6 Comments

Summary:

“Exclusives” do not compute in online video, where the point is often to get maximum distribution. It makes sense to publish your video to more than one site — even Lonelygirl15, who famously signed up with Revver, still posts everything to YouTube. But the scattershot method […]

“Exclusives” do not compute in online video, where the point is often to get maximum distribution. It makes sense to publish your video to more than one site — even Lonelygirl15, who famously signed up with Revver, still posts everything to YouTube. But the scattershot method makes statistics and reporting a bit of a headache.

Enter TubeMogul, which offers a number of tools for tracking the popularity of videos across Google Video, Metacafe, MySpace, Revver, Yahoo! and YouTube. We ran Ask a Ninja‘s YouTube and Revver publisher pages through the service to come up with the following graph:

TubeMogul -- Ask a Ninja

You can also track individual videos and groups of videos. It’s an invaluable tool for marketers tracking their campaigns and creators who are selling ads or sponsorships to create reports. Additionally, the data can be downloaded as an Excel spreadsheet and visualized any way you like.

We can’t judge how accurate the data is at first glance, but it’s probably at least as good a reporting tool as something like Alexa. Definitely a product to try out now, even if only for vanity purposes, and to keep an eye on for future developments.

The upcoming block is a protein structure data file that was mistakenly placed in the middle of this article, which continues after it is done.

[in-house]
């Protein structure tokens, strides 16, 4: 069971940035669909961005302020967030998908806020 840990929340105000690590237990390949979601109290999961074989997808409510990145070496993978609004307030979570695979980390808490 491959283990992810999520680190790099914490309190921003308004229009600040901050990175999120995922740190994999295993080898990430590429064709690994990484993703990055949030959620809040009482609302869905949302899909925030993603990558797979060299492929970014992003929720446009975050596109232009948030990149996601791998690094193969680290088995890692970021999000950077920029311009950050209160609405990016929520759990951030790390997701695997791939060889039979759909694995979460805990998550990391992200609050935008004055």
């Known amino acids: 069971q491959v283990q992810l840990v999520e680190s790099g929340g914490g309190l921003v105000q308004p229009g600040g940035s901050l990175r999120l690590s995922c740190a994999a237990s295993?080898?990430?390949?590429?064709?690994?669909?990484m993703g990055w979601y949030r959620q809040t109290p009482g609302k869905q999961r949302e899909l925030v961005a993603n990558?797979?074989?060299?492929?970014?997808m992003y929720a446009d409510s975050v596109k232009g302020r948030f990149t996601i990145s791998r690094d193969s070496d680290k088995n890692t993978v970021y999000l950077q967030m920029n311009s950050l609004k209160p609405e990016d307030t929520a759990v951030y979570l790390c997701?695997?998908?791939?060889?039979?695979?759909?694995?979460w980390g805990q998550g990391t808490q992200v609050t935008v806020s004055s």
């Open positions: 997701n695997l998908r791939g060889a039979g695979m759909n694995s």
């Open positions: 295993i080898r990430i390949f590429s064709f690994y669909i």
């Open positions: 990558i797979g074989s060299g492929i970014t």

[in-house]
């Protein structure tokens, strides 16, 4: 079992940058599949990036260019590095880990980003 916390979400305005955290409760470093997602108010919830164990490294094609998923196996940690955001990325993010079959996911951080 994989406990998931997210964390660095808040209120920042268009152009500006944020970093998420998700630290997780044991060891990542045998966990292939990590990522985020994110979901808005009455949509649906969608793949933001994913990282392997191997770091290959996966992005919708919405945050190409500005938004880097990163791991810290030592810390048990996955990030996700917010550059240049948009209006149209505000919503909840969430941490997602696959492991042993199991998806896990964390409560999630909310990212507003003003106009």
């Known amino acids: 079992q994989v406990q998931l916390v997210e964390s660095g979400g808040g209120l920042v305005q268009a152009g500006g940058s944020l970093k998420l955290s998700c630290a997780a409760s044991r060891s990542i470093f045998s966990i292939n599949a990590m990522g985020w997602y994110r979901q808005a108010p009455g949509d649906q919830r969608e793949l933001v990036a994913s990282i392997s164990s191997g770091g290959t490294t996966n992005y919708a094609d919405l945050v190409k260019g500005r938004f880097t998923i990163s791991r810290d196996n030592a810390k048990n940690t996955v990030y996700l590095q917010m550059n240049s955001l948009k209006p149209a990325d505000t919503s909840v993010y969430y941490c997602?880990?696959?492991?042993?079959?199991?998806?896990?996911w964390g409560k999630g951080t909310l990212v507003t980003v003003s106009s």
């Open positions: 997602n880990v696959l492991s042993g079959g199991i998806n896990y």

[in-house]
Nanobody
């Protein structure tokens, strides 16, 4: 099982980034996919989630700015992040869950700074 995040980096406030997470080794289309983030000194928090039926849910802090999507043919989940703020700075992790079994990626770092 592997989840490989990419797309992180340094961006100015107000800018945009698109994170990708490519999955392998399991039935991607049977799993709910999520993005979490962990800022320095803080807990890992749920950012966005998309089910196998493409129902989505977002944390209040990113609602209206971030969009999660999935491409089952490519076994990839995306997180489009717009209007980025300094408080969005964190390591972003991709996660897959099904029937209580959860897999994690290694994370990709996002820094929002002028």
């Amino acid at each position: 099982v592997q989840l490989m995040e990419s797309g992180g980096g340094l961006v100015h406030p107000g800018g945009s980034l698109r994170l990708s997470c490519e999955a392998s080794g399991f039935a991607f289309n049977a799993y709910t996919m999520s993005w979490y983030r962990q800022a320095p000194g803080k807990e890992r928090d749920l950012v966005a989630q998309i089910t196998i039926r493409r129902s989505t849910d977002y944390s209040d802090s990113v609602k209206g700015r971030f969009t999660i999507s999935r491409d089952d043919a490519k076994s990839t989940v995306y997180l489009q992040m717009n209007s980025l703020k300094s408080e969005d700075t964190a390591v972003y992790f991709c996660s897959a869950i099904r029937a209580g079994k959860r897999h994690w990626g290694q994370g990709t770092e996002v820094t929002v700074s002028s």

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  1. Vidmeter already released a product called “Tracker” a month ago that’s 10x better than this that tracks videos across 23 sites. http://tracker.vidmeter.com/

  2. You’re right, we definitely should have mentioned Vidmeter’s Tracker.

  3. Mark Schoneveld Sunday, March 11, 2007

    Thanks for the tip! We just launched our Philly-based video channel and are struggling with how to keep track of how many times our videos are seen when we post three or four original vids a day on numerous hosting sites… This should help! Thanks again, Jackson!

  4. I’m pumped about TubeMogul. I’ve seen Vidmeter’s product, but I think it falls short of TubeMogul. Though they do track videos from more sites, the interface isn’t nearly as slick and the features aren’t as good.

  5. I am curious what visiblemeasures.com comes out with in the next few months. Just got funding – been pretty quiet, but looks promising.

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